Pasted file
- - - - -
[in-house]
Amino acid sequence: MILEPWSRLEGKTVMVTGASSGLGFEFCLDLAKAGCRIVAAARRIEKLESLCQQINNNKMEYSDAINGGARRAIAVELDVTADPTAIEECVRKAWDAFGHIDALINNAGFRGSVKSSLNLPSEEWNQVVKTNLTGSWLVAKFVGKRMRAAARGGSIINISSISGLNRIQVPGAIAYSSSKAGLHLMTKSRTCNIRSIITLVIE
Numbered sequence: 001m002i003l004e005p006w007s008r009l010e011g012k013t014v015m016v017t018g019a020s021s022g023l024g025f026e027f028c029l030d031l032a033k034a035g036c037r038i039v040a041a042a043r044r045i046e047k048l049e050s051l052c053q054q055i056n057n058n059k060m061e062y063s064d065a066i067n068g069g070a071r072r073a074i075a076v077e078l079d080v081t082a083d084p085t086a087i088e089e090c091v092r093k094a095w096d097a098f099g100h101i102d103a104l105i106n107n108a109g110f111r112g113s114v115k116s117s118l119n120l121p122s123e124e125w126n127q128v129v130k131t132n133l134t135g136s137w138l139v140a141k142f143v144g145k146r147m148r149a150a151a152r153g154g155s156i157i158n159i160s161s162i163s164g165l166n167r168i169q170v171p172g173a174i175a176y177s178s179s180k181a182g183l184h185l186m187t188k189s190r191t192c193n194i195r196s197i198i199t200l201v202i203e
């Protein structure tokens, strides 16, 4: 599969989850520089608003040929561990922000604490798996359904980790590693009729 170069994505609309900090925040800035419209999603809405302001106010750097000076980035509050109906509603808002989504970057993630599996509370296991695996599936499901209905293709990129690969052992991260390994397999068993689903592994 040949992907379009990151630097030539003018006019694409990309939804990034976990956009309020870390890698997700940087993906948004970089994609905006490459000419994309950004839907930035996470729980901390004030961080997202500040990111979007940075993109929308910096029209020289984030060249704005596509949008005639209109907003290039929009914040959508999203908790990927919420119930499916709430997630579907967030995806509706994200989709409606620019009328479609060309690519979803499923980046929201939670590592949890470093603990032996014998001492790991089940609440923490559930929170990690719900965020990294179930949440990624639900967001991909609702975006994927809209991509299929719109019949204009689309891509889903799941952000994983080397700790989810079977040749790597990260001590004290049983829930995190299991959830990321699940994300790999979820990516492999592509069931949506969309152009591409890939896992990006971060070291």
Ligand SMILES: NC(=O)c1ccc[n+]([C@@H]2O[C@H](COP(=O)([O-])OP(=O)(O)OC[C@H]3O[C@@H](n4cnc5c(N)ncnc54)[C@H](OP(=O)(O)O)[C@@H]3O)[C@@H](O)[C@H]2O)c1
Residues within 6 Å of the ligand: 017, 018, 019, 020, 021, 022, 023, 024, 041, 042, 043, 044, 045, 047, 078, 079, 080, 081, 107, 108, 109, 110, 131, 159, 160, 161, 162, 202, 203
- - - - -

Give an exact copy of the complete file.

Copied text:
[in-house]
Amino acid sequence: MILEPWSRLEGKTVMVTGASSGLGFEFCLDLAKAGCRIVAAARRIEKLESLCQQINNNKMEYSDAINGGARRAIAVELDVTADPTAIEECVRKAWDAFGHIDALINNAGFRGSVKSSLNLPSEEWNQVVKTNLTGSWLVAKFVGKRMRAAARGGSIINISSISGLNRIQVPGAIAYSSSKAGLHLMTKSRTCNIRSIITLVIE
Numbered sequence: 001m002i003l004e005p006w007s008r009l010e011g012k013t014v015m016v017t018g019a020s021s022g023l024g025f026e027f028c029l030d031l032a033k034a035g036c037r038i039v040a041a042a043r044r045i046e047k048l049e050s051l052c053q054q055i056n057n058n059k060m061e062y063s064d065a066i067n068g069g070a071r072r073a074i075a076v077e078l079d080v081t082a083d084p085t086a087i088e089e090c091v092r093k094a095w096d097a098f099g100h101i102d103a104l105i106n107n108a109g110f111r112g113s114v115k116s117s118l119n120l121p122s123e124e125w126n127q128v129v130k131t132n133l134t135g136s137w138l139v140a141k142f143v144g145k146r147m148r149a150a151a152r153g154g155s156i157i158n159i160s161s162i163s164g165l166n167r168i169q170v171p172g173a174i175a176y177s178s179s180k181a182g183l184h185l186m187t188k189s190r191t192c193n194i195r196s197i198i199t200l201v202i203e
């Protein structure tokens, strides 16, 4: 599969989850520089608003040929561990922000604490798996359904980790590693009729 170069994505609309900090925040800035419209999603809405302001106010750097000076980035509050109906509603808002989504970057993630599996509370296991695996599936499901209905293709990129690969052992991260390994397999068993689903592994 040949992907379009990151630097030539003018006019694409990309939804990034976990956009309020870390890698997700940087993906948004970089994609905006490459000419994309950004839907930035996470729980901390004030961080997202500040990111979007940075993109929308910096029209020289984030060249704005596509949008005639209109907003290039929009914040959508999203908790990927919420119930499916709430997630579907967030995806509706994200989709409606620019009328479609060309690519979803499923980046929201939670590592949890470093603990032996014998001492790991089940609440923490559930929170990690719900965020990294179930949440990624639900967001991909609702975006994927809209991509299929719109019949204009689309891509889903799941952000994983080397700790989810079977040749790597990260001590004290049983829930995190299991959830990321699940994300790999979820990516492999592509069931949506969309152009591409890939896992990006971060070291």
Ligand SMILES: NC(=O)c1ccc[n+]([C@@H]2O[C@H](COP(=O)([O-])OP(=O)(O)OC[C@H]3O[C@@H](n4cnc5c(N)ncnc54)[C@H](OP(=O)(O)O)[C@@H]3O)[C@@H](O)[C@H]2O)c1
Residues within 6 Å of the ligand: 017, 018, 019, 020, 021, 022, 023, 024, 041, 042, 043, 044, 045, 047, 078, 079, 080, 081, 107, 108, 109, 110, 131, 159, 160, 161, 162, 202, 203